A Taste of Talent Development: Advice from Interns to Employers

The stereotypical duties of an internship include coffee runs, passing out mail, licking envelopes, and a laundry list of other menial tasks. But that’s not what your intern signed up for. They want to be challenged, mentored, and molded into a professional ready for the workplace.  

To better understand what interns want out of an internship, we asked them! Three of BRAC’s InternBR participants sat down for a Q&A to answer a few questions about what they’re looking for in an internship experience. 

Interns Want to Find a Full-Time Job 

When choosing an internship, students seek out organizations they one day would like to work at full-time. This means employers can, and should, use internships as a recruiting tool for full-time positions. To do so successfully, employers need to view an internship as an interview not only for the intern, but also for their organization. An organization might be prepping its intern to take on a full-time post-graduation, but the intern is also sizing the organization up to see if it is a place they would really want to work. 

So what can an organization do to keep their interns wanting to stay? It can teach the interns exactly what it would be like to work at the organization. Louis Angelloz, intern at Labarre Associates, Inc., says, “My employer provides a whole process manual on how we run our firm. It’s basically a step by step process manual for an Architect.” Take the guesswork out of it. Tell the interns what all positions are expected to do. Give them opportunities to explore the different functions of various jobs. This will help them explore different career paths within your organization, making it more likely for them to find exactly what it is they want to do.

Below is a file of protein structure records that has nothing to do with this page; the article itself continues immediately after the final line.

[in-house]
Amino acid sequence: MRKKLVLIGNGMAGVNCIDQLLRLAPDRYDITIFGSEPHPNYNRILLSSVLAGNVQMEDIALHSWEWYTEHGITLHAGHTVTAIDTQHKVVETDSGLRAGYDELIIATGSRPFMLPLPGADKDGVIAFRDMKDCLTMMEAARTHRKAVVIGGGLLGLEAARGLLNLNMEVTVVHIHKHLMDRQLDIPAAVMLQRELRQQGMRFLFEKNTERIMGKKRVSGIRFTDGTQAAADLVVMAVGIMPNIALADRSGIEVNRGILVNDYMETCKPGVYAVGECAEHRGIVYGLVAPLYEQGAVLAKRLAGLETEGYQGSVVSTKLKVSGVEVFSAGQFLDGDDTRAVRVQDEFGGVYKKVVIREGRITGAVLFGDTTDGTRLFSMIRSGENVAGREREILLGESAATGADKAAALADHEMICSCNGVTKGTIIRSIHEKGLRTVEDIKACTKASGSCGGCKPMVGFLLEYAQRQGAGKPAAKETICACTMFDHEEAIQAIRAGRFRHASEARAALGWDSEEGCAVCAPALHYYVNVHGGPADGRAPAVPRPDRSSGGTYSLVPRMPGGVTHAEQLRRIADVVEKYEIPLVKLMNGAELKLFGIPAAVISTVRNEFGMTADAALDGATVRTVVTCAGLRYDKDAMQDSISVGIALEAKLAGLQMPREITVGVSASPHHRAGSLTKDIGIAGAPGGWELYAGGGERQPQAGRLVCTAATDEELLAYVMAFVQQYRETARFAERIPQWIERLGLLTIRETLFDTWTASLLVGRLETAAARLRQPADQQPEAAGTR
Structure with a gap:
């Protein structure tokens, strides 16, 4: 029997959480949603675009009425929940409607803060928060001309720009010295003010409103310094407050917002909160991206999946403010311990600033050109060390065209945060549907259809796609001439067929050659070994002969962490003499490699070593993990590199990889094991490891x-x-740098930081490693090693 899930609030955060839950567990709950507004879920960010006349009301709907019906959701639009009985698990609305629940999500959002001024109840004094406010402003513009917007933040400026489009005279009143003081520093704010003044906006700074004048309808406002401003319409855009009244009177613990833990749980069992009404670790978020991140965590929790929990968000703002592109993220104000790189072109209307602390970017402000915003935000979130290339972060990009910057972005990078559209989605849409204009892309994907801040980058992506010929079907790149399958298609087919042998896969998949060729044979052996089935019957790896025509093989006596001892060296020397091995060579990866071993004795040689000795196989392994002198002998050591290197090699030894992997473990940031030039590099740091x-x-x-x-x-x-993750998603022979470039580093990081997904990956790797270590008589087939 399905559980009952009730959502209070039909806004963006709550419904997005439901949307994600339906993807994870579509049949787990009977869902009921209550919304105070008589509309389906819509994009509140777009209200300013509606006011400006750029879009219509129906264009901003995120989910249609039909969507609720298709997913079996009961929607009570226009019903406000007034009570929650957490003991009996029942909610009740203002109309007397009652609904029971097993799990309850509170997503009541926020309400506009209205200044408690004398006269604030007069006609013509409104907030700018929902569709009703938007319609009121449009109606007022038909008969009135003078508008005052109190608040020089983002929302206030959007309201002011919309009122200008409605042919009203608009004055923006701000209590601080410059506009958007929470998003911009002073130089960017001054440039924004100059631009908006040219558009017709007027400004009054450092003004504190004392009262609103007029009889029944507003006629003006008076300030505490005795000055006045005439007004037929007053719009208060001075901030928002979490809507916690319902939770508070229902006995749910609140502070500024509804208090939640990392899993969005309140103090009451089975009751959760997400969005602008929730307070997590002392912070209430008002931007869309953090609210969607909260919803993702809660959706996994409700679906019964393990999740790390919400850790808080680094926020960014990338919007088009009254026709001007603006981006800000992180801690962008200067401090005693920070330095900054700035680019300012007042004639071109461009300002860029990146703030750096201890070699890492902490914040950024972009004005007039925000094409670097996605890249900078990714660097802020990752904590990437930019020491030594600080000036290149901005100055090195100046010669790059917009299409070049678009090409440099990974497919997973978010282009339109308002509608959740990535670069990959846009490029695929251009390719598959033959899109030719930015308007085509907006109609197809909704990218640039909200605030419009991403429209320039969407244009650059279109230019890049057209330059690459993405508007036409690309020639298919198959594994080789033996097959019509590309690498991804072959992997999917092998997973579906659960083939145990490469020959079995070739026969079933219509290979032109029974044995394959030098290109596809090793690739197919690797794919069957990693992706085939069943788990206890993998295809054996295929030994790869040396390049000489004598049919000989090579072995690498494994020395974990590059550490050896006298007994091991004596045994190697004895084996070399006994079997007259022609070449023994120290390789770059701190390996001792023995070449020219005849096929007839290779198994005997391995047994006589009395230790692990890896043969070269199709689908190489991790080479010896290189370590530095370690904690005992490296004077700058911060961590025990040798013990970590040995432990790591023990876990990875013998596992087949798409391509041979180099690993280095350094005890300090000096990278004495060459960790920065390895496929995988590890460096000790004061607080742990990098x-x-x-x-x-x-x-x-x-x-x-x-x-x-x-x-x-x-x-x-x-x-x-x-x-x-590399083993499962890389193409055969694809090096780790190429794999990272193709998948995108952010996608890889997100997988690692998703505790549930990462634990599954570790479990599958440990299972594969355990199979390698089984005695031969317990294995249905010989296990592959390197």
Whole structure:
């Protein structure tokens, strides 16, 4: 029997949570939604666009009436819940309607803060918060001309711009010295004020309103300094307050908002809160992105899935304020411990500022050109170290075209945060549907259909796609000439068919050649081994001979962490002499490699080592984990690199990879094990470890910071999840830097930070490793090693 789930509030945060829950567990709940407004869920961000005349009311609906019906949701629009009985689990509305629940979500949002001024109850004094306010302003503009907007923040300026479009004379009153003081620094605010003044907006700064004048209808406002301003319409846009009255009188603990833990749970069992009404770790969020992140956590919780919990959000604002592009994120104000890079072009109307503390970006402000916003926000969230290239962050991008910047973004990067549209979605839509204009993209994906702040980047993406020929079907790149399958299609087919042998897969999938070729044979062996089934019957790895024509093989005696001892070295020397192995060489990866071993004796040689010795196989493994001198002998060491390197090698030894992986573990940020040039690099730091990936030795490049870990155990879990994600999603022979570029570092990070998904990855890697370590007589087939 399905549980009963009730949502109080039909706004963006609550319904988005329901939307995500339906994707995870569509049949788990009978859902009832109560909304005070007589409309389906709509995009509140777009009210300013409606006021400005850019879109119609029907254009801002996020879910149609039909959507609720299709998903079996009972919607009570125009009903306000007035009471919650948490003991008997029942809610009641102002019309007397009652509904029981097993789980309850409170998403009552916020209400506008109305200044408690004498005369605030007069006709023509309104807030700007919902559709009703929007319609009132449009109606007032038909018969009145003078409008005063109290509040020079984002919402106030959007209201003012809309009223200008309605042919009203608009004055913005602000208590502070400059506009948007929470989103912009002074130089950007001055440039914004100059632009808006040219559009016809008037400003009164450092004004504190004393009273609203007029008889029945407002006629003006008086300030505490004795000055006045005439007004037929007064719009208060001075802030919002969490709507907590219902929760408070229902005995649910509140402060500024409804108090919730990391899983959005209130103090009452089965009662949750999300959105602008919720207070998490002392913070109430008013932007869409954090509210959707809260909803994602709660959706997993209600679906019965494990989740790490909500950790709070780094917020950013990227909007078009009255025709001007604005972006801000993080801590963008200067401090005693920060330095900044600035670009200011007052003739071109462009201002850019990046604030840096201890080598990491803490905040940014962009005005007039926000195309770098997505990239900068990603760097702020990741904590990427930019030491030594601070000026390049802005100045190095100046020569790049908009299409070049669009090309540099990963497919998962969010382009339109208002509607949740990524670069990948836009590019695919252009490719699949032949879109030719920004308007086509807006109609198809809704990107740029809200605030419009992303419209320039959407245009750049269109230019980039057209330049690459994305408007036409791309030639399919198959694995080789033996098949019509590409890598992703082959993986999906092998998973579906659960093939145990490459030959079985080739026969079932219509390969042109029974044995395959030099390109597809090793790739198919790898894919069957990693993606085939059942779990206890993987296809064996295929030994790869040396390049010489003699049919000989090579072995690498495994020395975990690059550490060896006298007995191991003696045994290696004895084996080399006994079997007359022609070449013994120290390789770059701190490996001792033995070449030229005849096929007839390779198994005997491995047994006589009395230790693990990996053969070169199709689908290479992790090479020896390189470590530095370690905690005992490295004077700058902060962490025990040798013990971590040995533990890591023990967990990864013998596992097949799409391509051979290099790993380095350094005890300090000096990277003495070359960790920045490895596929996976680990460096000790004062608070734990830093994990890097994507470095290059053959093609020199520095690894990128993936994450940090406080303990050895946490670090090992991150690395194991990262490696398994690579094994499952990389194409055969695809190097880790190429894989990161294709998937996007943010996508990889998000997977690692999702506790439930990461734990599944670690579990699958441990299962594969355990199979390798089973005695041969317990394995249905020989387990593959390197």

Interns Want Respect 

Nothing motivates like a little trust and respect. Create an environment for your interns to succeed and grow by fostering a culture of respect. If your intern has an idea, don’t dismiss it. Listen and evaluate together. If it isn’t something that fits within your organization’s goals, explain why the idea wouldn’t work currently, but still express the positives in the idea. This not only shows your interns that your organization appreciates them, but also teaches them valuable workplace lessons on team management and giving and receiving feedback. 

Chet Andrews, internal audit intern at Lamar Advertising, says, “One of my favorite parts of working at Lamar is that I feel respected and listened to. In my interactions with people in various departments, I’ve been treated like an equal instead of being talked down to because I’m an intern. When I bring a potential issue to my boss, he listens and sometimes changes his mind when I bring a valid point. The flexibility and respect I’ve experienced at Lamar have made my experience all the better.” 

Interns Want to be Challenged 

When asked what advice she would give to employers with interns, Alannie Broussard, communications intern for LSU Residential Life, said, “I would advise employers to always challenge their interns. The point of an internship is to learn and perfect old and new skills and the best way to do that is by being challenged to do tasks that the intern may not have done before.” 

To challenge your interns, first get to know them. Understand their strengths and weaknesses and ask what skills they want to improve upon. Based on your discussion, you can then challenge them by placing them on projects that will help them stretch their skillset in the areas they want to improve. And always be sure to provide feedback. Completing a challenging task is one thing, but communicating about the process afterwards and reviewing what was done correctly or could have been better is truly how the interns will learn. 

What have we learned from the interns? We’ve learned that communication, feedback, respect, and a little challenge are all integral parts of an internship. These are the qualities that make a great internship program. 

Morgan is the Marketing Manager for the Baton Rouge Area Chamber. In her role, she manages writing organizational publications and materials, oversees BRAC’s social media and blog, and coordinates timelines for all internal marketing projects.

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